In 1982, McDonald’s teamed up with Atari for a nationwide contest in which the restaurant gave away 12,000 video game consoles and home computers worth over $4 million. In 1983, Parker Brothers was working on a McDonald’s-themed game with Ronald feeding hungry aliens with shakes, fries and hamburgers and with the aliens biting into the Golden Arches, but apparently the game failed to generate interest outside the 8-9 year-old demographic and the project already advertised in the catalog was scrapped.
Regardless of whether the lunar McDonald’s was authorized, by the early 1980s video games had become a large enough part of popular culture to attract at least a few marketing minds at mainstream companies. Around 1983, Coca-Cola approached Atari to produce a game to be given away as a gift to the participants of Coke’s sales convention in Atlanta. Atari came up with a special version of Space Invaders, a blockbuster game that had sold millions of copies since its release a few years earlier. The rows of aliens were replaced by the letters P, E, P, S, I and the command ship above them was replaced with a Pepsi logo. The player controlled a ship whose goal was to shoot down as many enemy characters as possible within the three-minute limit, after which the game would end and the message Coke Wins would flash across the screen. Only 125 copies of Pepsi Invaders were made, but the game eventually trickled down into the broad gamer community.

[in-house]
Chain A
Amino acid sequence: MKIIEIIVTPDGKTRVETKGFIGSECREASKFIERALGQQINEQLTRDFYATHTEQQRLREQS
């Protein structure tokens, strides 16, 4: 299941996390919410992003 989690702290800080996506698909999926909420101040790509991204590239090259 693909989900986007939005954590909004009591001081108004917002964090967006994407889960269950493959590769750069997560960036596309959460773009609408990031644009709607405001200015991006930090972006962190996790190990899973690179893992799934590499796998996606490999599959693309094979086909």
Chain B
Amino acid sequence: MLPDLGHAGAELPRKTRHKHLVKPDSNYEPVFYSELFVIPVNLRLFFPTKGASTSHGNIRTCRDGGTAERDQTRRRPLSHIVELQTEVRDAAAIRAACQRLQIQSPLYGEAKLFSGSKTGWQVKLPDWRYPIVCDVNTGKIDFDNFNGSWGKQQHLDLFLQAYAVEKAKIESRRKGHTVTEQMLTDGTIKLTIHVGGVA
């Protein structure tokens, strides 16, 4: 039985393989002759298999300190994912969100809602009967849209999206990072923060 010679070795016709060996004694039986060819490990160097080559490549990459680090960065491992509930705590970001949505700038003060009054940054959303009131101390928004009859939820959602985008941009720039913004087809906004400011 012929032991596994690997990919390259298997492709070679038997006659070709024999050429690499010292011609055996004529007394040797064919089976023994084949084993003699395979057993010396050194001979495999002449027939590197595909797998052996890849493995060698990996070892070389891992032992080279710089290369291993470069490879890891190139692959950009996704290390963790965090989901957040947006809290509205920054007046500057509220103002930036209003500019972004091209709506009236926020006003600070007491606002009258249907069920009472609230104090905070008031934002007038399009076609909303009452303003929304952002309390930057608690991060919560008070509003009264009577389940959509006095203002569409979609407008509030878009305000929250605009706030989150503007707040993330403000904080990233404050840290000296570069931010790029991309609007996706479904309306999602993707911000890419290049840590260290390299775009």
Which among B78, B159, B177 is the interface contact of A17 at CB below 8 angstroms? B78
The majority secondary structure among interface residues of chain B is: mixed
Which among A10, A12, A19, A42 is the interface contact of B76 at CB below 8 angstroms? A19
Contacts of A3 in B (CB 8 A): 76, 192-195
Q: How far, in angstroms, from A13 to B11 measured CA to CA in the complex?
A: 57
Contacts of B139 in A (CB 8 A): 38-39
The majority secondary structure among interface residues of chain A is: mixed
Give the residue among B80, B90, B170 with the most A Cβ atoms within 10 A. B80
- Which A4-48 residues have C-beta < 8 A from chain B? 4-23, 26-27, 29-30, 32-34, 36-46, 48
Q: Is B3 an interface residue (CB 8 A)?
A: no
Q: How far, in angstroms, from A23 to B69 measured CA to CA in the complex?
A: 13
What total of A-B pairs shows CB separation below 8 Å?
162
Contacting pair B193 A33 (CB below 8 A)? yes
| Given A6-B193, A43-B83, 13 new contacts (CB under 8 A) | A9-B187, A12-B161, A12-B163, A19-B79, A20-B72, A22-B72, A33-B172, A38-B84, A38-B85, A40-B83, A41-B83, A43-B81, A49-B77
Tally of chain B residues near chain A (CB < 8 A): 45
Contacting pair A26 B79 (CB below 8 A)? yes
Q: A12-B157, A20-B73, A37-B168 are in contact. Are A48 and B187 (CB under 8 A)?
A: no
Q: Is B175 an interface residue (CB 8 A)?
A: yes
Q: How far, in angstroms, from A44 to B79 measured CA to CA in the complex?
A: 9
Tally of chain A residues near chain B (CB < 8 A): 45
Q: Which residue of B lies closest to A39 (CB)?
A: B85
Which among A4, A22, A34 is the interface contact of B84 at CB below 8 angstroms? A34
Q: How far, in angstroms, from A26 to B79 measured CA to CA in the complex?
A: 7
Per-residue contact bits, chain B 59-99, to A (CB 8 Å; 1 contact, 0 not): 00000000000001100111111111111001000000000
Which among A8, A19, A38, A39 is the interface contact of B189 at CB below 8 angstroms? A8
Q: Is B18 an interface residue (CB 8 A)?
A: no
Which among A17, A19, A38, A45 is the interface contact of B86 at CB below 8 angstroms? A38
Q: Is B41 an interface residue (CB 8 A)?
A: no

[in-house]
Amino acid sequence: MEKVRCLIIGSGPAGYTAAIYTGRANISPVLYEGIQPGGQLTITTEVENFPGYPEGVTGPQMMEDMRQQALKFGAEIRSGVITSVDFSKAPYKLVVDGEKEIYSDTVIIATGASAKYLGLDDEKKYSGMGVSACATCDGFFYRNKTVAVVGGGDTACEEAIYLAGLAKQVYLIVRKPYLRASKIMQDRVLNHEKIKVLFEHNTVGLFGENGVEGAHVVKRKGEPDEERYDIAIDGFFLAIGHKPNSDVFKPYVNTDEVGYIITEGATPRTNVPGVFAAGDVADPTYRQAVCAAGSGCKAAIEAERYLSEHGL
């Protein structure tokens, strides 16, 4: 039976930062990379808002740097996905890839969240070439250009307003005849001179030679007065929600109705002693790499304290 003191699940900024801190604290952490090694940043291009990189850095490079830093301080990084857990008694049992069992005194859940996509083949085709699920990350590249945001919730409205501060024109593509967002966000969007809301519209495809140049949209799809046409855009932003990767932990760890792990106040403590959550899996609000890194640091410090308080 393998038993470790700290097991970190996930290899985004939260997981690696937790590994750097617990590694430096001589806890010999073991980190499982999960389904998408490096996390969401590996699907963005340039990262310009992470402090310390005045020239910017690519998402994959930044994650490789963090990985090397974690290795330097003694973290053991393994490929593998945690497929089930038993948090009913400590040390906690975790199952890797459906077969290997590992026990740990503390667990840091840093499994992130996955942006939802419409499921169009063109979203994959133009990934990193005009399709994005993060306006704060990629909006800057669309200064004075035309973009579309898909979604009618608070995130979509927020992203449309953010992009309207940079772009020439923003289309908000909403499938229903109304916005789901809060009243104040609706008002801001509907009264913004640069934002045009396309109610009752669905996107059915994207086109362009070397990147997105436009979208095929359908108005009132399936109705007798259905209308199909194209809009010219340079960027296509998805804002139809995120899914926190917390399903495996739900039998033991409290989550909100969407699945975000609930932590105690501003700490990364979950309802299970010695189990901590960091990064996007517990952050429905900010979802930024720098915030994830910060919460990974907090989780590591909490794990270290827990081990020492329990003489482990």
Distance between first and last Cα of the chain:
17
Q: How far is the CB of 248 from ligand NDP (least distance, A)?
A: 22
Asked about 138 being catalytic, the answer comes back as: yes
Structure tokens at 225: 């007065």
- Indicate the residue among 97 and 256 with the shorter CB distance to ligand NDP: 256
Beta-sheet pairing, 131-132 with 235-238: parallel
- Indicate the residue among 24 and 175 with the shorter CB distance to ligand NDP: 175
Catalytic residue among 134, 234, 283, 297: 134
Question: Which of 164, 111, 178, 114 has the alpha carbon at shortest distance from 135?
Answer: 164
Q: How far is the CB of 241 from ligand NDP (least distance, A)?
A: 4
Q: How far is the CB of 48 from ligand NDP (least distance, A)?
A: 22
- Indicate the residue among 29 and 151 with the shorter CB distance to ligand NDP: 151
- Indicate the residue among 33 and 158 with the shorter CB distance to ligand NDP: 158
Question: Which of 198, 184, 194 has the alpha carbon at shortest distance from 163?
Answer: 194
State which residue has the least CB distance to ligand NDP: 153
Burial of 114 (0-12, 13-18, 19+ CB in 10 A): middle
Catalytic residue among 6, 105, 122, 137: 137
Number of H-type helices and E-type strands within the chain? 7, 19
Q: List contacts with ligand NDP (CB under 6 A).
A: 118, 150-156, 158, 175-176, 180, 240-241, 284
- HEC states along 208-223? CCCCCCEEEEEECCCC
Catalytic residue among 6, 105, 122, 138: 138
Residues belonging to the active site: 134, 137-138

At least three other promotional games were produced and offered to the general public through mail-order by consumer goods companies that year. One was Tooth Protector from Johnson & Johnson, a bizarre game in which the main character, the Tooth Protector, was armed with a toothbrush, floss and dental rinse to protect teeth from the cubes dropped by Snack Attackers. The manual read:
The game ends if 3 teeth disappear or if 3 T.P.s are carried away and eliminated by the Snack Attackers. When you are successful in protecting the teeth, valuable points will be accumulated, and there will be no end to the fun you can have! (source)